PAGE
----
November 19, 1997

Washington, D.C. -- In support of New Jersey’s mandate on human rights education, the Julius and Dorothy Koppelman Holocaust/Genocide Resource Center at Rider University sponsored a workshop on the Armenian Genocide on October 23, 1997.

The Armenian Genocide and its implications were the theme for the University’s tenth annual Holocaust/Genocide Human Rights Program for high school students and teachers. Dr. Rouben Adalian, Director of the Armenian National Institute (ANI), was the featured speaker and leader of the Lawrenceville workshop attended by 35 teachers from the New Jersey public school system. Adalian also addressed a group of 300 high school students, who engaged him in a very telling question and answer session. Central to their queries were the topics of world reaction to the Armenian Genocide and the role played by the United States in alleviating the plight of the survivors.

“Students today are very aware of human rights problems around the world. They see an important lesson in the failure of the international community to respond forcefully to the Armenian Genocide and draw their own conclusions about current problems,” observed Dr. Adalian. “Teachers find the Holocaust, the Armenian Genocide, the Irish Famine, and other examples of inhumanity as important sources for understanding history, and many committed educators are now wholly familiar with the literature on these subjects. Their grasp of the issues would impress any specialist,” added Adalian.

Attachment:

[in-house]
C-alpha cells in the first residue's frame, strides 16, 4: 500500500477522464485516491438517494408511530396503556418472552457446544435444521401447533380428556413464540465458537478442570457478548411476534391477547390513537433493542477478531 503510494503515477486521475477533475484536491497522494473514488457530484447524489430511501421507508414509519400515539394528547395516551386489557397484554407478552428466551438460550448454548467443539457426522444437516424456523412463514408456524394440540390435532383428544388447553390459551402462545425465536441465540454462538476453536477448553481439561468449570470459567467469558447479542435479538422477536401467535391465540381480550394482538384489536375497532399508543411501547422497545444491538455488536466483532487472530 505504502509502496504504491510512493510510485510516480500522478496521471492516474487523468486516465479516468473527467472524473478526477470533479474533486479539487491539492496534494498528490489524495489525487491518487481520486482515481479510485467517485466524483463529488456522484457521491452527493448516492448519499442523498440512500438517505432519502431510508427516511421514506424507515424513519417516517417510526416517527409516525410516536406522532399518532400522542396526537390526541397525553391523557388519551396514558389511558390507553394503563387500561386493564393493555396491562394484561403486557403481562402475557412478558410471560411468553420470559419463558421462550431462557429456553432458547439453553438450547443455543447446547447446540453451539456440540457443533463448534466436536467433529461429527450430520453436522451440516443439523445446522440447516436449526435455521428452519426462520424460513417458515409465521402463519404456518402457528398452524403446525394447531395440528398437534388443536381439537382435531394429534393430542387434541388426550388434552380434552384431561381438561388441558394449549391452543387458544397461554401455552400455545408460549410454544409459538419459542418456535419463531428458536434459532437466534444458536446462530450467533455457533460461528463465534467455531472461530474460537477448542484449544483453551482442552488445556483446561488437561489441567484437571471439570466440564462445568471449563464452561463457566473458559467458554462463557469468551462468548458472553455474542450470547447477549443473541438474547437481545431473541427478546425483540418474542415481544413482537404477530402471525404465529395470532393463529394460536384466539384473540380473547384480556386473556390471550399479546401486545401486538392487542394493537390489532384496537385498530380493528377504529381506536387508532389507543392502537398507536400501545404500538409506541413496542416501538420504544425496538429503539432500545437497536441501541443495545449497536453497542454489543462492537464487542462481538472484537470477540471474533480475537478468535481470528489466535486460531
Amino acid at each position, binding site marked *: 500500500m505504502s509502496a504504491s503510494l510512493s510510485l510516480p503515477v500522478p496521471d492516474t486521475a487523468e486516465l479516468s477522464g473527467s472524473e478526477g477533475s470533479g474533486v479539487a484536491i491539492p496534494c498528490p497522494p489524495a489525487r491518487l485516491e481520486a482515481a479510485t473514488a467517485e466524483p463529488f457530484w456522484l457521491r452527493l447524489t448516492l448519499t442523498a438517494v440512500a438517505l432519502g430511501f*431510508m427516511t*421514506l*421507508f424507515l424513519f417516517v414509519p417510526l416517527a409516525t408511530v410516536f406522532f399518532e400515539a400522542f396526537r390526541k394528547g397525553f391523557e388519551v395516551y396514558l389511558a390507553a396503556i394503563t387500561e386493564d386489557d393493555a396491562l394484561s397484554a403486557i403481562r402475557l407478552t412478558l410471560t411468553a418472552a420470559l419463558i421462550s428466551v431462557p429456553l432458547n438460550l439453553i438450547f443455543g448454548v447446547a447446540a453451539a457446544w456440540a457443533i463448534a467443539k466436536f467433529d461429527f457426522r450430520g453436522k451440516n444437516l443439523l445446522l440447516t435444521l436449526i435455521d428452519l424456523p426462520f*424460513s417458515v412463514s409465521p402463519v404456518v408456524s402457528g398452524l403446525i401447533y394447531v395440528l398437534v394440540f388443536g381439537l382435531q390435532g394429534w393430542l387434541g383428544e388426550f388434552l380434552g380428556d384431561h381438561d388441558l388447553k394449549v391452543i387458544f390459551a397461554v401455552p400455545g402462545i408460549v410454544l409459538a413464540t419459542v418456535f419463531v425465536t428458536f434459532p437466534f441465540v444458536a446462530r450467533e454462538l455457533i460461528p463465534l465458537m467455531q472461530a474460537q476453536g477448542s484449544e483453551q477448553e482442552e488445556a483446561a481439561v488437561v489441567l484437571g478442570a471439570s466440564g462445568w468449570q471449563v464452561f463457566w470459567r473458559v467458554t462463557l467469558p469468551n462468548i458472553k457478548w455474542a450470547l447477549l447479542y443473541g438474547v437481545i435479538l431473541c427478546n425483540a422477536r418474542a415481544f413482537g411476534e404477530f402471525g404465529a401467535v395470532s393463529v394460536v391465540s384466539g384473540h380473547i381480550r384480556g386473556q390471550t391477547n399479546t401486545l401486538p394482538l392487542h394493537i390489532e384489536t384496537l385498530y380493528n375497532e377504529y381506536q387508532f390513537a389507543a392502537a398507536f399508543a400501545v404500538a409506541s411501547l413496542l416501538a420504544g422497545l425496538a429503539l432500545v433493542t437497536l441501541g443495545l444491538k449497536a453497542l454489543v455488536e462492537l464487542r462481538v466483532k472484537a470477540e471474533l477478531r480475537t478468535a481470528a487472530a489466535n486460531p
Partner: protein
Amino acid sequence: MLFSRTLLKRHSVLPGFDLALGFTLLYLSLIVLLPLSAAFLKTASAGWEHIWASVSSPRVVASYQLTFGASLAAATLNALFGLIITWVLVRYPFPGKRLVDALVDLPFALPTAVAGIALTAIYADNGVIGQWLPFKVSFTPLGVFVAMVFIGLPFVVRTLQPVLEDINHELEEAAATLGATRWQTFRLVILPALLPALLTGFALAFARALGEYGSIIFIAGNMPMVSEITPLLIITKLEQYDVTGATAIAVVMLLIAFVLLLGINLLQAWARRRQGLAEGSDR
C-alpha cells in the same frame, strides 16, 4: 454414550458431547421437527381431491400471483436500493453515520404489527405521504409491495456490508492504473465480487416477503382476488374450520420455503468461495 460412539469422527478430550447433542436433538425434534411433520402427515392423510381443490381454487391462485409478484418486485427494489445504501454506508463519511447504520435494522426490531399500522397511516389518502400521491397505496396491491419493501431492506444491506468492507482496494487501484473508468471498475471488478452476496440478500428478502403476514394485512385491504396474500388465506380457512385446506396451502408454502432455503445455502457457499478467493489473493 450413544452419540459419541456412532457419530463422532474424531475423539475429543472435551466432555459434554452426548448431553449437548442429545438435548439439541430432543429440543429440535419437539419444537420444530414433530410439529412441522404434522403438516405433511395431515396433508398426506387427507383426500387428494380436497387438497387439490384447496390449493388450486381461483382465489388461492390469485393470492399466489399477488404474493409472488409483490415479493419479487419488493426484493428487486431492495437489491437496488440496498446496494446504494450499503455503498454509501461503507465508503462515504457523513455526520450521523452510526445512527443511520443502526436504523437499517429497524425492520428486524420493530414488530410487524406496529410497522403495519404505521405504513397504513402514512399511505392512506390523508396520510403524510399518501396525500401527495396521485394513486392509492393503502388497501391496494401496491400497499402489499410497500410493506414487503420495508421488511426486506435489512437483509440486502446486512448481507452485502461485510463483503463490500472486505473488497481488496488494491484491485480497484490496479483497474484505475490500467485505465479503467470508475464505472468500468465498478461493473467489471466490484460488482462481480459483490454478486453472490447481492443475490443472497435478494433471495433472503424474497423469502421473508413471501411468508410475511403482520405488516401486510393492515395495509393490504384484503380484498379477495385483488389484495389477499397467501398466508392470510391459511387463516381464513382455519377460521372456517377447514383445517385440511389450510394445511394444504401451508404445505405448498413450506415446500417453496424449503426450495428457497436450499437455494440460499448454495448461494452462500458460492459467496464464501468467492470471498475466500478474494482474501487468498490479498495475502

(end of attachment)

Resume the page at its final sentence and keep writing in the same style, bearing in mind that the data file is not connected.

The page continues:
Following Adalian’s talk was a poignant presentation by Mrs. Alice Tashjian. She shared the survival story of her mother who was abducted by Kurds and subjected to terrible physical abuses as a slave laborer. Mrs. Tashjian explained how and why she wrote her recent book, Silences: My Mother’s Will to Survive. She wanted to capture the pain and the meaning of the long moments of silence that followed whenever her mother spoke of her suffering during the Genocide.